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Pharmacy negotiators urge DHSC to allow pharmacies to trade stock without wholesale licence after Brexit

Community Pharmacy Scotland and the Pharmaceutical Services Negotiating Committee have called for restrictions on pharmacy-to-pharmacy wholesale dealing without a licence to be relaxed to allow pharmacists to manage medicines shortages after Brexit.

Simon Dukes, chief executive of the Pharmaceutical Services Negotiating Committee

Source: Jeff Gilbert

Simon Dukes, chief executive of the Pharmaceutical Services Negotiating Committee, wrote to the House of Commons Health and Social Care Select Committee calling for pharmacists to be allowed to trade stocks to reduce the impact of medicines shortages after Brexit

Pharmacists should be allowed to exchange stocks of medicines to mitigate local medicines shortages after Brexit, pharmacy leaders have said.

In an update on Brexit contingency planning, Community Pharmacy Scotland called for the Department of Health and Social Care to “relax the restrictions on pharmacy-to-pharmacy wholesale dealing without [a] wholesaler dealers licence” to help manage drugs shortages.

The statement added that relaxing the rules “would allow pharmacies to trade stock between them at a local level, helping to allow medicines to reach those patients who most need them without regulatory barriers”.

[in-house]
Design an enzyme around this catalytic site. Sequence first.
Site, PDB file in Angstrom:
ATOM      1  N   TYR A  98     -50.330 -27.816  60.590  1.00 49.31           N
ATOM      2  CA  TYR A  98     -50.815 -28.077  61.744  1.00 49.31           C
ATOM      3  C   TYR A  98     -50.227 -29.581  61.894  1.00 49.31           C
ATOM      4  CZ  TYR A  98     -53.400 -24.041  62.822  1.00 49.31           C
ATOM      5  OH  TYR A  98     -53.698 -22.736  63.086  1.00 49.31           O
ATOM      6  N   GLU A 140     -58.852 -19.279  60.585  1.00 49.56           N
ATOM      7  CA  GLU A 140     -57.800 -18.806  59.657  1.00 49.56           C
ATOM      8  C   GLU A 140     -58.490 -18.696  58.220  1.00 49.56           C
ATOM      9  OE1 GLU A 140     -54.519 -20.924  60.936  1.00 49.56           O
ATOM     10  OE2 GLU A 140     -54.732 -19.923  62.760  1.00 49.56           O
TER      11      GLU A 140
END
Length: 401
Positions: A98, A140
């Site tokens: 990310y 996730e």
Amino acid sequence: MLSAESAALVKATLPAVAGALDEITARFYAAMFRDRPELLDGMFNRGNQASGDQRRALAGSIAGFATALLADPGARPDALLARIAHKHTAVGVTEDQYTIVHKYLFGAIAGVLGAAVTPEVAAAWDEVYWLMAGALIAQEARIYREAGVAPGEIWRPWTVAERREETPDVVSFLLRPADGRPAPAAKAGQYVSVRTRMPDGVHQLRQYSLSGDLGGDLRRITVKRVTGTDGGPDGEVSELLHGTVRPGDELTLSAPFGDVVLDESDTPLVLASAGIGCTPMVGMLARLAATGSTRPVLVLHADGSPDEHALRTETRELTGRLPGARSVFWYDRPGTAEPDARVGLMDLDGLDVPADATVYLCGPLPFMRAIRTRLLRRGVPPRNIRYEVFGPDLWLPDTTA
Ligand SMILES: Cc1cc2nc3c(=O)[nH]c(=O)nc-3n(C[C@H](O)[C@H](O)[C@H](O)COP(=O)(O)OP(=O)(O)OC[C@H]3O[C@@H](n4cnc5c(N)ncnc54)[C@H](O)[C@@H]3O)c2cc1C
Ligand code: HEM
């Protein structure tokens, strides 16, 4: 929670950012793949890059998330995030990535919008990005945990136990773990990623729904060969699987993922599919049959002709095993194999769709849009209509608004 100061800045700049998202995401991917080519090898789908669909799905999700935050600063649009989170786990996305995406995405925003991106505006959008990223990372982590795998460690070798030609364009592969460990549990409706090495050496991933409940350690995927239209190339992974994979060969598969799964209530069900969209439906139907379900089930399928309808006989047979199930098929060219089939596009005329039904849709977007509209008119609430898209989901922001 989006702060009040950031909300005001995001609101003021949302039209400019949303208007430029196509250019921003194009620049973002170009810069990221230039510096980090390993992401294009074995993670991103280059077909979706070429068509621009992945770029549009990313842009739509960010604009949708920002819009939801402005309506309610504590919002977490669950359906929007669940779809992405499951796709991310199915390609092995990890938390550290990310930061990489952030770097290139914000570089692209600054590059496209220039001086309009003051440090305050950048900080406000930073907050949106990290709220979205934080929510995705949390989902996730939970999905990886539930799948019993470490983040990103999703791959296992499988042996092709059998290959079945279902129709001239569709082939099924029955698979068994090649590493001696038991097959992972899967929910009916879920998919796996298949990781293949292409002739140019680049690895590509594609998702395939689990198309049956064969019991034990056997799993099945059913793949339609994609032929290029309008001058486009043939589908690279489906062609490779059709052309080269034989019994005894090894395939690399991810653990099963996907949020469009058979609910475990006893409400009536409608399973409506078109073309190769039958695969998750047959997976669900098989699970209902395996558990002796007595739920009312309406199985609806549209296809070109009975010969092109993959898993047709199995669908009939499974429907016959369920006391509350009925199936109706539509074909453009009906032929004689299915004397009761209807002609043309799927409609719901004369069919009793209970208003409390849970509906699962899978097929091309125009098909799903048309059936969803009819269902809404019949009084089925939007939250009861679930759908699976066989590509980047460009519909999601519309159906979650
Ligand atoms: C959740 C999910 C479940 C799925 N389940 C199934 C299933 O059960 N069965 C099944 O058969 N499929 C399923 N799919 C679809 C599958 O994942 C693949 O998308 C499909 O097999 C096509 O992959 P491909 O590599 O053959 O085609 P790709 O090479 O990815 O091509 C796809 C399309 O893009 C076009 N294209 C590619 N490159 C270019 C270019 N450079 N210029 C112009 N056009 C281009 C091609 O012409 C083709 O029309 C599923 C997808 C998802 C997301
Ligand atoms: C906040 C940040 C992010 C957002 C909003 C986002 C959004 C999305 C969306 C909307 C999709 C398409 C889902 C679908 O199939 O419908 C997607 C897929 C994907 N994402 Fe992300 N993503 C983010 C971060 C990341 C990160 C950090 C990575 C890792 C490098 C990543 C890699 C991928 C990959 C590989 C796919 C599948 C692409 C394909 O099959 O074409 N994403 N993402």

In a letter sent to the House of Commons Health and Social Care Select Committee on 7 December 2018, the Pharmaceutical Services Negotiating Committee (PSNC) called for the same intervention, adding that processes must be in place after Brexit “to help community pharmacies and other healthcare providers to work together to manage any shortages that do occur”.

This follows an urgent government consultation launched on 7 December 2018, which proposed giving pharmacists the ability to switch a patient’s medication to a suitable alternative when the prescribed drug is in short supply, without consulting the patient’s GP.

The letter to the select committee, signed by Simon Dukes, chief executive of the PSNC, also expressed concern over the financial impact of medicines shortages on pharmacies more generally.

It said: “The PSNC is concerned about the impact that shortages on a significant scale could have on pharmacies’ cashflow and workload at a time when many pharmacies are already under significant pressure following funding cuts to the sector.”

To mitigate the financial risk, the PSNC suggests working with the government to ensure “community pharmacies have quicker and clearer reimbursement and stock availability information”, as well as reimbursement “of any additional costs incurred to help them to cover their costs and continue to offer the full range of patient services”.

Citation: The Pharmaceutical Journal DOI: 10.1211/PJ.2018.20205889

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